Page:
As soon as the comment left his mouth, the light bulb turned on. Why DON’T we have a lemonade stand at the dog park? It’s summer, it hot, and there are usually 20+ people at the dog park at one time. I asked the kids if they were interested in building a stand, and their summer project was born.

I wanted to balance a learning experience as well as a fun time that lasted through the project. I didn’t want them to burn out half way and get bored. In order to keep this balance, I made sure we hit the ground running and set a date in the near future. From the time the idea was born until the actual event day was only 3 weeks. It was a crunch, but we did get it all in, and the kids were excited the whole time.

Building a Business:

The lemonade stand planning started as soon as we got home from the park. I started by challenging the kids to build a business plan. I wanted them to think about what the business was, who the customer would be, and why they were doing it. It’s one thing to have an idea, it takes understanding who, what, when, and where to turn that idea into a business.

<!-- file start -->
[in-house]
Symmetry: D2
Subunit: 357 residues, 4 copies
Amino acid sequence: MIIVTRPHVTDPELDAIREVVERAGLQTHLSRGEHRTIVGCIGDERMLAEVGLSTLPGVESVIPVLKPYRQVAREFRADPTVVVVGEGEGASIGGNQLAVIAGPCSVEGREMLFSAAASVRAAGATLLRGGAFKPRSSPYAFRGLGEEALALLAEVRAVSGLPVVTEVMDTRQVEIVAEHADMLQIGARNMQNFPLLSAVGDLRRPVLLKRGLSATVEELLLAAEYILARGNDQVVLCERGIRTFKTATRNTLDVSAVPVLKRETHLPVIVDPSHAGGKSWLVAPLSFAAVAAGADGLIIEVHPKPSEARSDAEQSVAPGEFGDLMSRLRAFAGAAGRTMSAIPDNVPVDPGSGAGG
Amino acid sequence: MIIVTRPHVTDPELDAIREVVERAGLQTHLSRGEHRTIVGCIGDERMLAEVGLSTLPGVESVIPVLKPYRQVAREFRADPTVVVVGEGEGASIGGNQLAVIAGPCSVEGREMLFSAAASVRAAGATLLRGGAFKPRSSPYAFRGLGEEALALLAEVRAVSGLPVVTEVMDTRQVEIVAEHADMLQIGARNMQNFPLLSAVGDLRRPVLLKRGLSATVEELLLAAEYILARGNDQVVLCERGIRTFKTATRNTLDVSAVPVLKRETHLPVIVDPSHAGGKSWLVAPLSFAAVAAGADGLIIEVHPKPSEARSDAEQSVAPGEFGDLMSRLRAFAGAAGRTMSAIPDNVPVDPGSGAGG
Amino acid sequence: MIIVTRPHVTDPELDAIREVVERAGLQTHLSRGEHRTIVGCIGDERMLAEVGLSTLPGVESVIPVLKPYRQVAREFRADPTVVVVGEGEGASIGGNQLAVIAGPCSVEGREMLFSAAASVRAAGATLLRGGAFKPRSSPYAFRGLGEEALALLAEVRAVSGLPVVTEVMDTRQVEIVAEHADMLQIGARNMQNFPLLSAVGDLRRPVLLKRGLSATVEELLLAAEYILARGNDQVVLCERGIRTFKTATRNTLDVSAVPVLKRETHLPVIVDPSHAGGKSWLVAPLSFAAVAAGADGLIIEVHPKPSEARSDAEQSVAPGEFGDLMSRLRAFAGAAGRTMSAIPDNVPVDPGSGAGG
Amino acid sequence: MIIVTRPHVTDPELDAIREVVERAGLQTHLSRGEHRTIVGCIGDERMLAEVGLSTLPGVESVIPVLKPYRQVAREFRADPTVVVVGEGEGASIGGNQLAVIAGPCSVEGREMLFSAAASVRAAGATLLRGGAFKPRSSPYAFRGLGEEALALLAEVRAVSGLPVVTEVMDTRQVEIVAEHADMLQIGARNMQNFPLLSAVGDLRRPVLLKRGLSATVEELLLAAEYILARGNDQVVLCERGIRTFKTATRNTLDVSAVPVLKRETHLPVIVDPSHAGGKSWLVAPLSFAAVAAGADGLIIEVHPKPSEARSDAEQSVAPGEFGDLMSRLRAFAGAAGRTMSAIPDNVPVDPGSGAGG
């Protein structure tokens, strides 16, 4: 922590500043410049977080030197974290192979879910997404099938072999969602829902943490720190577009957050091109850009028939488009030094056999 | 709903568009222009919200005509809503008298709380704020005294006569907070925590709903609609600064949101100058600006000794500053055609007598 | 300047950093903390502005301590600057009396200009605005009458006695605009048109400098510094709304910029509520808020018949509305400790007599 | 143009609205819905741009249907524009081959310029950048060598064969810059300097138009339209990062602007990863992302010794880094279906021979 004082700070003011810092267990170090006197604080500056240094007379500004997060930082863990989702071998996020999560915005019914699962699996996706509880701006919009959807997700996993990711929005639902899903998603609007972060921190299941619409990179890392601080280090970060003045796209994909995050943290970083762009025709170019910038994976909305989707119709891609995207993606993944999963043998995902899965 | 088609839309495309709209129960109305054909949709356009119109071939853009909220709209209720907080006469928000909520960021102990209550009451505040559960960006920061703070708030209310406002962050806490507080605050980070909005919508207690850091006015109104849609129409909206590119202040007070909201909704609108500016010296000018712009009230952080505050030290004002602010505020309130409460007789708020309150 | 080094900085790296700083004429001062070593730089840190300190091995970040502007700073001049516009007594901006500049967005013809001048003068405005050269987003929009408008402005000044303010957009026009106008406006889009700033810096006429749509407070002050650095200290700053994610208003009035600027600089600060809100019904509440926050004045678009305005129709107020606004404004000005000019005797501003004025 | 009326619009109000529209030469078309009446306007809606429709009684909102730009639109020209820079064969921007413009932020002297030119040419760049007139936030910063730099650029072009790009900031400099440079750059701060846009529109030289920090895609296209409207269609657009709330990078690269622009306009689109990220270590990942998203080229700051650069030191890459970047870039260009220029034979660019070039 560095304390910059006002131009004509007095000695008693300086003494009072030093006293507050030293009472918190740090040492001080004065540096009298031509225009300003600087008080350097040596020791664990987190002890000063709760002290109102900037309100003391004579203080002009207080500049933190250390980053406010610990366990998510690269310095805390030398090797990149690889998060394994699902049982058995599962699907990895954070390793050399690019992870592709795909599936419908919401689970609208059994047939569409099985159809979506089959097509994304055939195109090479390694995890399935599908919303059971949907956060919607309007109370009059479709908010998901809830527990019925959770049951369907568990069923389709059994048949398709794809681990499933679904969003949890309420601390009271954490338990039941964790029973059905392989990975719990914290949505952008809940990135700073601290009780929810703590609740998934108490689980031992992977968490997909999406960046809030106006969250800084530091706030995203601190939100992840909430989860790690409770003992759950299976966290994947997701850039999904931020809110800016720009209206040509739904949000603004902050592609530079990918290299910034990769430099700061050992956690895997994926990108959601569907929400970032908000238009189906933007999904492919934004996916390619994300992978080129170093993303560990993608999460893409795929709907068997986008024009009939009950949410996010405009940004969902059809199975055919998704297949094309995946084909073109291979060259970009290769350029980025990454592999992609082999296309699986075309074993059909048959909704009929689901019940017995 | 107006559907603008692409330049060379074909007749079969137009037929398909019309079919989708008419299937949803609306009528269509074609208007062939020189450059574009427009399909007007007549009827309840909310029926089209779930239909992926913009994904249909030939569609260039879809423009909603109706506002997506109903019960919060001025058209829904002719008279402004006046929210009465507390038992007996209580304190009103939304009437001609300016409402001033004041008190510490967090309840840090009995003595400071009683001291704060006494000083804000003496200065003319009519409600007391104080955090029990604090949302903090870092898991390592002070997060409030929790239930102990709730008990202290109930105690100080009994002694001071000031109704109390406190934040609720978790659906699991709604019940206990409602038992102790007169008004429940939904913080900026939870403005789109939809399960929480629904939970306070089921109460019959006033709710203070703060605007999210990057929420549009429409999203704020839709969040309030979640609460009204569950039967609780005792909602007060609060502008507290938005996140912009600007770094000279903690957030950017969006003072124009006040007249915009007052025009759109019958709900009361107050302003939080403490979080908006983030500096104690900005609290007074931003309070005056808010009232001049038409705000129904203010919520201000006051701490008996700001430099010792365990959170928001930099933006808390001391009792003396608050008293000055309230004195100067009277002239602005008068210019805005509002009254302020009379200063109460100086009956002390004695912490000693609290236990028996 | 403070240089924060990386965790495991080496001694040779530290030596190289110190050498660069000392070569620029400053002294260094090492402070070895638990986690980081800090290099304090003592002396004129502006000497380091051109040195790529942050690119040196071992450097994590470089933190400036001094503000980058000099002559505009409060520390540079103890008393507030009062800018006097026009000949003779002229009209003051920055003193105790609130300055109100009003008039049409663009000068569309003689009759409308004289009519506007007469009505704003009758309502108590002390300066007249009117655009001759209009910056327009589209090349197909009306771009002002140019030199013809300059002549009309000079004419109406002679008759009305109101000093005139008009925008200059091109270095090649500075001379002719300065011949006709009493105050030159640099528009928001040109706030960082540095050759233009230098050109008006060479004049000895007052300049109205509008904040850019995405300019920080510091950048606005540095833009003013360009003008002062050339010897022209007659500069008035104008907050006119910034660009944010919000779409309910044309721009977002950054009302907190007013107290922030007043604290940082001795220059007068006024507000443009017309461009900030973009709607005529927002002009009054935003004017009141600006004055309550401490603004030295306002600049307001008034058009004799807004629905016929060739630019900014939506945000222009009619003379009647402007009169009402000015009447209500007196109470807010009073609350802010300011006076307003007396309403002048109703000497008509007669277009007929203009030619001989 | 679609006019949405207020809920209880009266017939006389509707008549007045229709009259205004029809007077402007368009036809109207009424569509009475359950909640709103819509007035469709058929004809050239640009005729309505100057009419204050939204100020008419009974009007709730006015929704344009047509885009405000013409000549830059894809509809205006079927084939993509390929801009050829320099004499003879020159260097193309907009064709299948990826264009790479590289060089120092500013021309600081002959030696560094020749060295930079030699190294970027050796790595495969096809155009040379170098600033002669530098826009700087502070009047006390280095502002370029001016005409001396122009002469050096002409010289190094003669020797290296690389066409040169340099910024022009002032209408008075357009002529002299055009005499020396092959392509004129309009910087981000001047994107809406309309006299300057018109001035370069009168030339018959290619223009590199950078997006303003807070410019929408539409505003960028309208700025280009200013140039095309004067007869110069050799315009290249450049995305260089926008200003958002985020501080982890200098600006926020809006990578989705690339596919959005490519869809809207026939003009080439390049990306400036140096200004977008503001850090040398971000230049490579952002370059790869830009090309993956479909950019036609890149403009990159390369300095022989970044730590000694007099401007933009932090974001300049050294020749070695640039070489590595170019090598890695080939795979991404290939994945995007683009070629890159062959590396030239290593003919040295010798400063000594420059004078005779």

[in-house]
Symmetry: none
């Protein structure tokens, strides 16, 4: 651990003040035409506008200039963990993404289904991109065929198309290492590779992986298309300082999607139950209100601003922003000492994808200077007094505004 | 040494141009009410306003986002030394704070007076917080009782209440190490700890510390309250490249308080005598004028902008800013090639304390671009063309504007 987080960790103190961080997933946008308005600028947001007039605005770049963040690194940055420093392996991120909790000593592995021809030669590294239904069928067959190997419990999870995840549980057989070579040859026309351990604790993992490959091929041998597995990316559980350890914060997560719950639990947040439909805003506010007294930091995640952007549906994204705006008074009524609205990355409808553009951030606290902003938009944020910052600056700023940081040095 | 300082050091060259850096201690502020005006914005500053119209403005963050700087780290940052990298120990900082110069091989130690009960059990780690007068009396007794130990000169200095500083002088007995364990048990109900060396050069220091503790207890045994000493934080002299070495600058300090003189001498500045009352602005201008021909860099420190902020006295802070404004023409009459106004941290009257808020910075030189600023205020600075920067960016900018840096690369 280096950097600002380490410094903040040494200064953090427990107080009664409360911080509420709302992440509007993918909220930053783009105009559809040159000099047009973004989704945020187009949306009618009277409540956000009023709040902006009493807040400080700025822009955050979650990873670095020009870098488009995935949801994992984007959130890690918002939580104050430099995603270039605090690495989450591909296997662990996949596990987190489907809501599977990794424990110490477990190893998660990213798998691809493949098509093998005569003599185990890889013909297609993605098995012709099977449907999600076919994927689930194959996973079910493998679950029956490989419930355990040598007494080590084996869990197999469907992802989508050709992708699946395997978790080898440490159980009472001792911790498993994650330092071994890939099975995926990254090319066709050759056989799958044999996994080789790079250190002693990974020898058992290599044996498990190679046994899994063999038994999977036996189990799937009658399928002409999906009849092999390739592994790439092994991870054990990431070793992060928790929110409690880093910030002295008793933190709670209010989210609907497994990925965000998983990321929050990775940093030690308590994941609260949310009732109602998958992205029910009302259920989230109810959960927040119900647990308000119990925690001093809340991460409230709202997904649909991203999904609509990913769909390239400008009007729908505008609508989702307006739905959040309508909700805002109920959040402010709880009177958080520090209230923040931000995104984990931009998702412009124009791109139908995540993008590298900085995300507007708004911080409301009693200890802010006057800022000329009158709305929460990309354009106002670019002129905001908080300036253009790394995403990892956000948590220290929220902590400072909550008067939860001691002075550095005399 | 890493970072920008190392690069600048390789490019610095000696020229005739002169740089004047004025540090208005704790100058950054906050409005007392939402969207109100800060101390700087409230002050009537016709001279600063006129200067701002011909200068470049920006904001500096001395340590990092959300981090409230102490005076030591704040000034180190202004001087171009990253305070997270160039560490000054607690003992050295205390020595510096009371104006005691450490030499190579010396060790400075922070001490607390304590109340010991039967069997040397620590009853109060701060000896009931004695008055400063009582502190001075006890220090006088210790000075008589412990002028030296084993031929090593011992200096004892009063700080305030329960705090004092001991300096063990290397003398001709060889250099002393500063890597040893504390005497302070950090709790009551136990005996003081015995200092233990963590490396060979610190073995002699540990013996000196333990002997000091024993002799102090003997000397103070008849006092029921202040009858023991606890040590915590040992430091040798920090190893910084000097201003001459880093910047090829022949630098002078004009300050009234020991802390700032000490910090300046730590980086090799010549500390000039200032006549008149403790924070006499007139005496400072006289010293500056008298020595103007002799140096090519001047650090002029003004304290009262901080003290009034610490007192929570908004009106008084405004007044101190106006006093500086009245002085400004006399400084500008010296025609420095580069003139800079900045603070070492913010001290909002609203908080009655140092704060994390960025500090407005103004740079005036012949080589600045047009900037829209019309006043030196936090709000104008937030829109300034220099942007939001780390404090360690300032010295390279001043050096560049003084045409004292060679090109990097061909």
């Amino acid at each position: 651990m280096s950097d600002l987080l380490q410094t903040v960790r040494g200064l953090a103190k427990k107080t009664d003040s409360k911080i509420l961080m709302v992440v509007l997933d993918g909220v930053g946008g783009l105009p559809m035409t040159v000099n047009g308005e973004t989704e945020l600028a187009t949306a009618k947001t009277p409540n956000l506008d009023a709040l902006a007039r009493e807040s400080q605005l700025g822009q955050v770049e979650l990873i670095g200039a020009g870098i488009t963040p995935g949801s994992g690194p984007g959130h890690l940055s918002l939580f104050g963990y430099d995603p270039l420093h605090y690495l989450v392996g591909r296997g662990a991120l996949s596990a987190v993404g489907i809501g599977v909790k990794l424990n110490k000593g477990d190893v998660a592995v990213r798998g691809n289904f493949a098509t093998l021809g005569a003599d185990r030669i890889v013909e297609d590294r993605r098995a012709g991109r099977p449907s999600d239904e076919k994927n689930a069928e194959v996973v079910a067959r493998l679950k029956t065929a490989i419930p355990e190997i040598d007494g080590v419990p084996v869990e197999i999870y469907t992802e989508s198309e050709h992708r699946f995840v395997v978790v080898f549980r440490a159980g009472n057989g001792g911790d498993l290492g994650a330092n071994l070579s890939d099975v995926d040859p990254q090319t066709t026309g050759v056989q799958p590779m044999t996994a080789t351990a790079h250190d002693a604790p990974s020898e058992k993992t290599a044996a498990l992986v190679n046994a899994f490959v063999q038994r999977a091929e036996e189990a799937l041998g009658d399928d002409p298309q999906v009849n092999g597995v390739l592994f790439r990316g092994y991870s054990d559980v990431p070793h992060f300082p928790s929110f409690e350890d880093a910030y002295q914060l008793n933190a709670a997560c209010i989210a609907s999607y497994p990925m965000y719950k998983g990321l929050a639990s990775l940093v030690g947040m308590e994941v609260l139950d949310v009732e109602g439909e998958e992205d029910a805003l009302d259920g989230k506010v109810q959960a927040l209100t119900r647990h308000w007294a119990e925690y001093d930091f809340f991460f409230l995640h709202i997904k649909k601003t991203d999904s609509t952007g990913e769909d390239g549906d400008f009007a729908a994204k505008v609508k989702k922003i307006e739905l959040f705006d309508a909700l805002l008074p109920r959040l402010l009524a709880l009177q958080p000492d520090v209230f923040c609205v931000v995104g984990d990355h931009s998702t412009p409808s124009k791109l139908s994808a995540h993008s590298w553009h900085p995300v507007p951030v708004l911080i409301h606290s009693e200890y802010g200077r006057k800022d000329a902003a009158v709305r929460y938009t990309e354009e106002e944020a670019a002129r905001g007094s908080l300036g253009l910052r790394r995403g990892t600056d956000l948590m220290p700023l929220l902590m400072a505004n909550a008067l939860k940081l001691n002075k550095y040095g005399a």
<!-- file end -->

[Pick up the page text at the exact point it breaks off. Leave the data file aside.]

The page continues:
Business Plan: A lemonade stand that brings refreshments to not only people, but to man’s best friend too. We’ll serve fresh lemonade, homemade human cookies and homemade dog cookies. A portion of our proceeds and donations will go to A.D.O.P.T Pet Rescue where we adopted our Beagle, Jack.

Business Concept for the Dog-Gone-It Lemonade Stand

After the business plan and concept was built, it was time to name the business. The kids needed to add their dog friendly concept into the name to make it relevant to the plan. They came up with, The “Dog-Gone-It” Lemonade Stand. It’s a cute name, adds in the dog friendly vibe, and it’s catchy.

I also wanted to teach the kids some “Golden Rules” about business and how to treat your customers. I asked the kids to come up with 10 customer service guidelines for their business. My hope would be the kids could use these guidelines in everyday life, not just in the business setting. We have good kids who are very respectful. I wanted them to understand being respectful to teachers and friends is different than a business setting with paying customers.